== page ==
Coach, Star Discuss Celebration

Washington Post Staff Writer
Saturday, March 21, 2009; Page E03

TAMPA, March 20 -- Less than a day after Washington Capitals winger Alex Ovechkin commemorated his 50th goal of the season with a controversial celebration, Coach Bruce Boudreau said he talked to his star player and does not "expect it to happen again."

"We had a little talk," Boudreau said. "It's the first and only time I've seen that happen in all the time I've been watching Alex. I've never seen him do a celebration like that."

Boudreau did not share the specifics of the brief discussion, but Ovechkin said his coach asked him to explain his actions and warned the reigning MVP about tarnishing his reputation.

Ovechkin also said he was unaware of the simmering controversy and did not apologize for dropping his stick near the net and then repeatedly pretending it was too hot to pick up. His antics upset the Tampa Bay Lightning and fans at St. Pete Times Forum, and they ignited an Internet debate among fans split over whether the premeditated celebration was amusing or an expression of poor sportsmanship in a game that has traditionally frowned upon individualism.

"Bruce asked me what I mean [by] this," Ovechkin said after practice Friday. "I just have fun. He said people might think I don't respect different team. But I respect everybody. I don't want to show bad things. I show my thing. It was not disrespect."

With the goal, Ovechkin became the first Capital to score 50 goals three times and joined Wayne Gretzky and Mike Bossy as the only players to accomplish the feat in their first four NHL seasons.

"Everybody right now don't like my celebration when I score a goal and jump to the glass or do something like that," Ovechkin added. "But I only do something new. It's just my thing. I was just happy that I scored 50 goals."

When asked if he would celebrate a future milestone in similar fashion, Ovechkin smiled and said: "Not this [celebration]. A different one."

Laing Out for Season

Left wing Quintin Laing suffered a torn spleen Thursday night and will miss the remainder of the season. The 29-year-old grinder, who was playing in his first NHL game of the season, was taken to a Tampa hospital after the Capitals' 5-2 victory and remained in intensive care Friday, Boudreau said.

Laing was hurt in his second shift and experienced discomfort in his abdomen after the second period, but the extent of the injury was not known until he was examined by the Lightning's team doctor afterward.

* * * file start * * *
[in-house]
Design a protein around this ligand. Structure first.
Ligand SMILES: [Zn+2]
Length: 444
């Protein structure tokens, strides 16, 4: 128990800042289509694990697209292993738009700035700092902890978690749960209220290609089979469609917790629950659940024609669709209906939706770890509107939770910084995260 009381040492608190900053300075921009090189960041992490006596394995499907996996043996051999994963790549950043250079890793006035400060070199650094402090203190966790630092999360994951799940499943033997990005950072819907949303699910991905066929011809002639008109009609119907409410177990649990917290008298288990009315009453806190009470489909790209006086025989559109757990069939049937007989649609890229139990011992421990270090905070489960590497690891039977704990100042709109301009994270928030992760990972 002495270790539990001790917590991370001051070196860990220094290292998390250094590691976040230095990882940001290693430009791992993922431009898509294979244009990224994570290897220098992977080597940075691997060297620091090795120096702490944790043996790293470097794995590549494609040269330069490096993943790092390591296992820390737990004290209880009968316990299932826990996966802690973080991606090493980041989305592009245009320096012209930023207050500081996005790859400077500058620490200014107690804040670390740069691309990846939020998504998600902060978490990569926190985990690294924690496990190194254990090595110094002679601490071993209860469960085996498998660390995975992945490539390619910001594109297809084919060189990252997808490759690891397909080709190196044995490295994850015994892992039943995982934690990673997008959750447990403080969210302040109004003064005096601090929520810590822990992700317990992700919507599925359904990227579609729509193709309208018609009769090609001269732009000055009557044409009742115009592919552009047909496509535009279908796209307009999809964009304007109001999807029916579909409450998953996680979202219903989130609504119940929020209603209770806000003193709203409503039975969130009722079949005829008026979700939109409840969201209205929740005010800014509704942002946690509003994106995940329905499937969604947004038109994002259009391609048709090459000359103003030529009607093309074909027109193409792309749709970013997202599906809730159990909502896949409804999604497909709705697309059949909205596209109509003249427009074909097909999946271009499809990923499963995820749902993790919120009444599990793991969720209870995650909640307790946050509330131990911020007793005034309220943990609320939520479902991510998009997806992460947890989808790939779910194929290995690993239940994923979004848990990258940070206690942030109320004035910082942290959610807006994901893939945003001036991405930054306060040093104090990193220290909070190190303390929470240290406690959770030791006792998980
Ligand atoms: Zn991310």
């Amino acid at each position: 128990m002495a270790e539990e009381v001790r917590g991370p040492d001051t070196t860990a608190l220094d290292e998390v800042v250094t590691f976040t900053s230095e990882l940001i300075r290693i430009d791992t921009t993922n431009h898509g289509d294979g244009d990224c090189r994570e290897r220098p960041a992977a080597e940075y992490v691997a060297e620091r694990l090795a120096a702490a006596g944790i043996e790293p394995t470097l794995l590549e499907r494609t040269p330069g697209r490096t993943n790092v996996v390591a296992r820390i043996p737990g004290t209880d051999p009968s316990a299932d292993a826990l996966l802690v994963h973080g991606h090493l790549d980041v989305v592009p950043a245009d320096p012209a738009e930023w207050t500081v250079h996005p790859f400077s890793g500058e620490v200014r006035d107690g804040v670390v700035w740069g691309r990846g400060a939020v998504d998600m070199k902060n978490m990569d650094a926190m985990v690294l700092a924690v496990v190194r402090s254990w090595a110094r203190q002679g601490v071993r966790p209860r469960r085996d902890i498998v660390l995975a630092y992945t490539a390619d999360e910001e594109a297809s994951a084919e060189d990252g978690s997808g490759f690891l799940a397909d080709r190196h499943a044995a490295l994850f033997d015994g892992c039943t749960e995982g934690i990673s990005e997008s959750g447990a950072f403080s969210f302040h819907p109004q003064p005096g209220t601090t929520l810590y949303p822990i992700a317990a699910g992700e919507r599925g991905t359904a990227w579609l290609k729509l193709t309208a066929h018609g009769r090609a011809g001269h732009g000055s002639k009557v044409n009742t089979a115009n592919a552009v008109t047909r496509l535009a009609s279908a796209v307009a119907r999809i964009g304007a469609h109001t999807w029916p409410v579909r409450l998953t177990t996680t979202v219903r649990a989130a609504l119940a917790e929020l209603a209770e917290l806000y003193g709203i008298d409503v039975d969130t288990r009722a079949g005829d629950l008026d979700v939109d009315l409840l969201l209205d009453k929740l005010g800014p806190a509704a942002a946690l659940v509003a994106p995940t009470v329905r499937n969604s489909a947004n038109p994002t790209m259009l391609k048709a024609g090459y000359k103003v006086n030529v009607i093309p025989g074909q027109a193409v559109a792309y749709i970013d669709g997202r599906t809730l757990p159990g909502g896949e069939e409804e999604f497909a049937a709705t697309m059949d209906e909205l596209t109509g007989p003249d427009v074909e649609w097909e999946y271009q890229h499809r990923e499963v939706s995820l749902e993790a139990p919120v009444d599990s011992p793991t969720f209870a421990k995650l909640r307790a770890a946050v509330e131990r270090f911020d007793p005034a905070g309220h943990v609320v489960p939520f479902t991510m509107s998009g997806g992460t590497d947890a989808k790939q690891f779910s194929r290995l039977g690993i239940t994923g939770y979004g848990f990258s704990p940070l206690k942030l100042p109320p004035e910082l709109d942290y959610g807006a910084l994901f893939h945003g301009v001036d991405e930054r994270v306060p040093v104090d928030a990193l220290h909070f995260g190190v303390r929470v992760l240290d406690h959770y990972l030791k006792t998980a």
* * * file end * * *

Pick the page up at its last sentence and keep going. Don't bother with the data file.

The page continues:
"I feel sick about it because he's been waiting all year to get recalled," Boudreau said. "He loved it here. The fans in Washington loved the way he played. He gets in there and that line scores a goal for the first time in a long time. As soon as he blocked that shot, you said, 'Wow, he's back.' So it's a really tough break for him."

It's unclear how Laing was hurt or whether he will require surgery. Team spokesman Paul Rovnak stayed behind in Tampa with Laing, who will return to Washington as soon as doctors clear him to travel.

The recovery time for a torn spleen, Boudreau said, is three to four months. Laing was recalled on Thursday to replace Boyd Gordon, who is sidelined for two to three weeks with a broken finger. Boudreau said the Capitals will not need to call up a forward if Donald Brashear is able to return from a sprained knee.

Green Misses Practice

Mike Green did not practice Friday morning after missing the final four minutes of Thursday's game with an apparent abdominal or rib-cage injury. The defenseman, who scored goals No. 26 and 27 before getting hurt, said he hopes to skate Saturday morning, and at that time, will determine whether to suit up against the Carolina Hurricanes at RBC Center.

"It was, 'Let's take a day off and see how it is tomorrow,' " Boudreau said. "If you ask Mike, it's automatic that he's playing. But we want to do what's best for the Capitals and Mike in the long run."

If Green cannot play, the Capitals will not have to recall a defenseman because they are carrying seven. . . .

Washington's 15-point lead in the Southeast Division through Thursday night matched the biggest lead in the division's history.

© 2009 The Washington Post Company